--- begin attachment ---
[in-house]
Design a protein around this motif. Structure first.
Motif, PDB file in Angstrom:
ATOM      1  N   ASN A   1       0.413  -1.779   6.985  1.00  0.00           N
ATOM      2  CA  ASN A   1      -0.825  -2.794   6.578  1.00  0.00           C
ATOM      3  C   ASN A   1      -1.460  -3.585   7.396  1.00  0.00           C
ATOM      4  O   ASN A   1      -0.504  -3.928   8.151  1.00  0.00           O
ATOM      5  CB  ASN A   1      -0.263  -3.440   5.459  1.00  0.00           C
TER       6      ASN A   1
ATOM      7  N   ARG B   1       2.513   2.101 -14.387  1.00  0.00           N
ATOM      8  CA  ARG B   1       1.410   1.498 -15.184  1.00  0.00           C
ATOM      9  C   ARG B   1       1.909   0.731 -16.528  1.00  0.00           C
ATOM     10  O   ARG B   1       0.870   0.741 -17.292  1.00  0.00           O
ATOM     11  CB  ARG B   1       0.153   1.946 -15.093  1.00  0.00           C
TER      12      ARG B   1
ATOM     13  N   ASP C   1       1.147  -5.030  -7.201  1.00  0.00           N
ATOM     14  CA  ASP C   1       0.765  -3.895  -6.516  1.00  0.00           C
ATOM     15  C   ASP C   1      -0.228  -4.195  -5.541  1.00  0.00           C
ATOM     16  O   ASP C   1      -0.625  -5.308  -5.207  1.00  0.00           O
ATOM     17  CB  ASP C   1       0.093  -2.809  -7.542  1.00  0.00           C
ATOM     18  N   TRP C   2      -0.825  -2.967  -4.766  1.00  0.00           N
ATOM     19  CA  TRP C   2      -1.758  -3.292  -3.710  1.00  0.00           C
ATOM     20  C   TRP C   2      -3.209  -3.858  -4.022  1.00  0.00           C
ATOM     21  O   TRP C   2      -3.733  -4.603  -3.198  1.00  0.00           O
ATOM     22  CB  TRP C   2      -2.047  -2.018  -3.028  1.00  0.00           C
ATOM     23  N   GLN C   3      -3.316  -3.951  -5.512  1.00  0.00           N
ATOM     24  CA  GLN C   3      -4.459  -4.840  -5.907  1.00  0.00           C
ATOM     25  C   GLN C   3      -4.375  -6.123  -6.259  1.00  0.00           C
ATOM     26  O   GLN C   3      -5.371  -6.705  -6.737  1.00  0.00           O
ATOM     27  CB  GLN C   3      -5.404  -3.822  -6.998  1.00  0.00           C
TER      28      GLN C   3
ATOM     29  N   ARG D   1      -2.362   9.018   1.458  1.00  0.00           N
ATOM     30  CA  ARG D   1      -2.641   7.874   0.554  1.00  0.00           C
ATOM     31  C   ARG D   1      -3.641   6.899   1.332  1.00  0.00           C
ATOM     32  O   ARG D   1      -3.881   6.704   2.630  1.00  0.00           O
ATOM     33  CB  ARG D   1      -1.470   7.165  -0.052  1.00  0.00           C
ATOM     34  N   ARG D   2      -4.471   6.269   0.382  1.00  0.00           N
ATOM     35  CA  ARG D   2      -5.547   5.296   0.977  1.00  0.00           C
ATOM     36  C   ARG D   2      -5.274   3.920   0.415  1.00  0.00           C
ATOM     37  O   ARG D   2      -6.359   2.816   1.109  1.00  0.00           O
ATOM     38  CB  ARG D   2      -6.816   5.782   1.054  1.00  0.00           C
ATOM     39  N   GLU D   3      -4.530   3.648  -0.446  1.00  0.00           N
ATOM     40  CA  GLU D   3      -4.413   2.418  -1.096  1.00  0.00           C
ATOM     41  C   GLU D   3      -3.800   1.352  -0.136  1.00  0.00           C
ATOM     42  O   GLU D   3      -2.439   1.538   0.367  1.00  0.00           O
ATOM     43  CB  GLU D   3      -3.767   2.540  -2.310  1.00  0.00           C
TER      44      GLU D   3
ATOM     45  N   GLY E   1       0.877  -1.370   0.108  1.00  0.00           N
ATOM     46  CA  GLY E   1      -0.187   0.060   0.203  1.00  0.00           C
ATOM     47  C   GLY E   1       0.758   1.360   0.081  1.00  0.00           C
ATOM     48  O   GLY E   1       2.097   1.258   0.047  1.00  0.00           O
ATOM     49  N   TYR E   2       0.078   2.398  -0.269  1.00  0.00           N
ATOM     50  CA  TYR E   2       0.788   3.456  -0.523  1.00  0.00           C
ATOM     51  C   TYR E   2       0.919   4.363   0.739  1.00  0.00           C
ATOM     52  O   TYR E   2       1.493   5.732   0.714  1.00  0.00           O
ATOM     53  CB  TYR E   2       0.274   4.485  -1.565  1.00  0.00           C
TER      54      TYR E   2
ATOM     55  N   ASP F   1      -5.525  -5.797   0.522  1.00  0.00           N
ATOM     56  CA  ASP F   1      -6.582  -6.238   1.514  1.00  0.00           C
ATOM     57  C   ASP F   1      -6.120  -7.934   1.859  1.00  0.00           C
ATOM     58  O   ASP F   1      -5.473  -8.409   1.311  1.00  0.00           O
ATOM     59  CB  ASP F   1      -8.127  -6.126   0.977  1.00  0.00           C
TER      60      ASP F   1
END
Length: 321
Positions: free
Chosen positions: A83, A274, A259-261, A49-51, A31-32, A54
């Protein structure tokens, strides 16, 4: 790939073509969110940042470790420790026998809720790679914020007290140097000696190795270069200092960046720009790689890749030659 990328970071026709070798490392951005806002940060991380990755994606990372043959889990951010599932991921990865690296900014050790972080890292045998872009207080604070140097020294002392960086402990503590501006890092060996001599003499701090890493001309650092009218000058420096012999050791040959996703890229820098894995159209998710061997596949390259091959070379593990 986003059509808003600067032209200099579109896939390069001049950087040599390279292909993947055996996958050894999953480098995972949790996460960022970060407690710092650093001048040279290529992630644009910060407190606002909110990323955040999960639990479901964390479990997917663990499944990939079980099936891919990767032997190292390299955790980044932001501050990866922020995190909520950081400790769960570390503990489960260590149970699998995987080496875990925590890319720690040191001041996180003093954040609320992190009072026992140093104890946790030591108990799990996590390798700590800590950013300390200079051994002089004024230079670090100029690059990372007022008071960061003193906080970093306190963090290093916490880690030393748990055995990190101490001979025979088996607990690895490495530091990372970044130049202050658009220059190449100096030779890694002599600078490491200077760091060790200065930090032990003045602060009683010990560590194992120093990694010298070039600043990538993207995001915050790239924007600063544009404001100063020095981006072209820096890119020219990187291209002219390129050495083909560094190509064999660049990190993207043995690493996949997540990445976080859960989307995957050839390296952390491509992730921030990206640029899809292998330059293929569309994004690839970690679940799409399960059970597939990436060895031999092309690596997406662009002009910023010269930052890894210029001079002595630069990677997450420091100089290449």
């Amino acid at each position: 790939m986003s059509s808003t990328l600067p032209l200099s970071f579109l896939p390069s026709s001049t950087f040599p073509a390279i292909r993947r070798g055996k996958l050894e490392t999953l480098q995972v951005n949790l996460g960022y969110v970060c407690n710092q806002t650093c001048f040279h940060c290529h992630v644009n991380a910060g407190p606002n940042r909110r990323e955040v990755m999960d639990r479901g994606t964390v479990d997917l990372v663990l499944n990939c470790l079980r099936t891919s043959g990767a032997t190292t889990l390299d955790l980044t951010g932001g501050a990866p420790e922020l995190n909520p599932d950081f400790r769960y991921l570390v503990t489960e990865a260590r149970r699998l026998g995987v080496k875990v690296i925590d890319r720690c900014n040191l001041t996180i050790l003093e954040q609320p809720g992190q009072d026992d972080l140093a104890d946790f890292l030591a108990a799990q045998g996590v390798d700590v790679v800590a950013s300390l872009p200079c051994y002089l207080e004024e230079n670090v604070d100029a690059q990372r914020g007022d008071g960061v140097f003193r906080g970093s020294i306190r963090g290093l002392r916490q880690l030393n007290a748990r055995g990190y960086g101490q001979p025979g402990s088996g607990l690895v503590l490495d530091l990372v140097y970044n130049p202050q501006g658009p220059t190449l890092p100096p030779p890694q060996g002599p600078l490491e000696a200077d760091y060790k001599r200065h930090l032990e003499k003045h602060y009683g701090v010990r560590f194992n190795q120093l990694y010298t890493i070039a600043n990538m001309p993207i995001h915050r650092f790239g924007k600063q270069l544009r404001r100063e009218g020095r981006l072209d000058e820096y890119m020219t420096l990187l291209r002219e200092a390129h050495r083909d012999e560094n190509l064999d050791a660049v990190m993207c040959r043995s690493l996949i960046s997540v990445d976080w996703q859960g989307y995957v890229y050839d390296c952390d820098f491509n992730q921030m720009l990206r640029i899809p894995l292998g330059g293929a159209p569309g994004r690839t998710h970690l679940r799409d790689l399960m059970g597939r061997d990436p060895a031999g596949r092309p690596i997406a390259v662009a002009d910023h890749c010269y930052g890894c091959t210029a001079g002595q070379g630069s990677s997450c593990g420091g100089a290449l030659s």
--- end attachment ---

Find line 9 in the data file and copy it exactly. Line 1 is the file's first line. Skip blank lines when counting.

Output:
TER       6      ASN A   1